Number of pages5
JournalInternational Journal of Pediatric Otorhinolaryngology
Volume76
Issue number3
DOIs
Publication statusPublished - 2012 Mar 1

Fingerprint

Vehicle Emissions
Middle Ear
Epithelial Cells
Cell Survival
Cell Line
Otitis Media
Mucins
Mucin-2
Inflammation
Air Pollutants
Environmental Exposure
Reverse Transcriptase Polymerase Chain Reaction
Publications
Real-Time Polymerase Chain Reaction
Western Blotting
Cytokines
Gene Expression
Genes

Keywords

  • Diesel
  • Human middle ear epithelial cells
  • Otitis media

ASJC Scopus subject areas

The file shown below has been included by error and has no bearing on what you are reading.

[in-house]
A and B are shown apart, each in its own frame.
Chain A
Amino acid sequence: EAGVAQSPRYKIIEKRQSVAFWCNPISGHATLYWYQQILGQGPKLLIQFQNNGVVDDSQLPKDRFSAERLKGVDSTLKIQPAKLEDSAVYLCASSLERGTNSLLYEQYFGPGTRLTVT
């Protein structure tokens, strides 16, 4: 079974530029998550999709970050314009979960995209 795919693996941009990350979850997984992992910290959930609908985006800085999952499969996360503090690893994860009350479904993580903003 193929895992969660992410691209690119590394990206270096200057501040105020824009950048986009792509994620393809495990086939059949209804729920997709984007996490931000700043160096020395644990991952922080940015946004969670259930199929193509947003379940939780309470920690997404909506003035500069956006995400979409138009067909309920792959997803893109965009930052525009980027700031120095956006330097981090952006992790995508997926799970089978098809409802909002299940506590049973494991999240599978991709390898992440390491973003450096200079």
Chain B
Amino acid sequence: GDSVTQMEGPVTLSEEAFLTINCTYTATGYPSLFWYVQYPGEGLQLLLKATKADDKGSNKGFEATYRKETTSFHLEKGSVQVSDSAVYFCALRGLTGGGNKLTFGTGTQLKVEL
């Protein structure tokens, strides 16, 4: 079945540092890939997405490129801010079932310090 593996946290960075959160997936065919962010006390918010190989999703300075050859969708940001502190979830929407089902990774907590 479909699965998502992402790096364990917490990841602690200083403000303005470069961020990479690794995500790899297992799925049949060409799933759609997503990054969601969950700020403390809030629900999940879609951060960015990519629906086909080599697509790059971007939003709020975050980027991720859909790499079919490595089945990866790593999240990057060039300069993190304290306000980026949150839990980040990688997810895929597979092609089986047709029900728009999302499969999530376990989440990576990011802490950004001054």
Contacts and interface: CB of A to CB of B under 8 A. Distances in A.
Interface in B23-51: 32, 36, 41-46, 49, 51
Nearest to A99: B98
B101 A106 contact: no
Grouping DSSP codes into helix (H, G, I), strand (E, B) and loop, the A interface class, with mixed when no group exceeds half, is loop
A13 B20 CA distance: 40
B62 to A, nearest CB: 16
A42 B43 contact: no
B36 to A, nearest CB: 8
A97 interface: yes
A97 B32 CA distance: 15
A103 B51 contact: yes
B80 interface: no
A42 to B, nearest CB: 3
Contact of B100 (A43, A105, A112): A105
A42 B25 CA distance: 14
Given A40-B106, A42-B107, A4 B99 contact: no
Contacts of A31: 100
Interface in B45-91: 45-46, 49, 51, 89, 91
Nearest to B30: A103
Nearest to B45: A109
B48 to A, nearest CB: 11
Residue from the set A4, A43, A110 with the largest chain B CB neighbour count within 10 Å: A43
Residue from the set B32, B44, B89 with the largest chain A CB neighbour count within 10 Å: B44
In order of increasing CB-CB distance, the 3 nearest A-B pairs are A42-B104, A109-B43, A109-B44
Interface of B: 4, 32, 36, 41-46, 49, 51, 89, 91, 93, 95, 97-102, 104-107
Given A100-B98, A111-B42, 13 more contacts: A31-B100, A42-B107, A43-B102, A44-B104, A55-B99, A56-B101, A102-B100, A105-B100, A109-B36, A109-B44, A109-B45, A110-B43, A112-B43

• Pediatrics, Perinatology, and Child Health
  • Otorhinolaryngology

Cite this

Effect of diesel exhaust particles on human middle ear epithelial cells. / Song, Jae-Jun; Lee, Jong Dae; Lee, Byung Don; Chae, Sungwon; Park, Moo Kyun.

In: International Journal of Pediatric Otorhinolaryngology, Vol. 76, No. 3, 01.03.2012, p. 334-338.

Research output: Contribution to journalArticle

@article{f6540d562d9e4db7899498dc6678d5bb,
title = "Effect of diesel exhaust particles on human middle ear epithelial cells",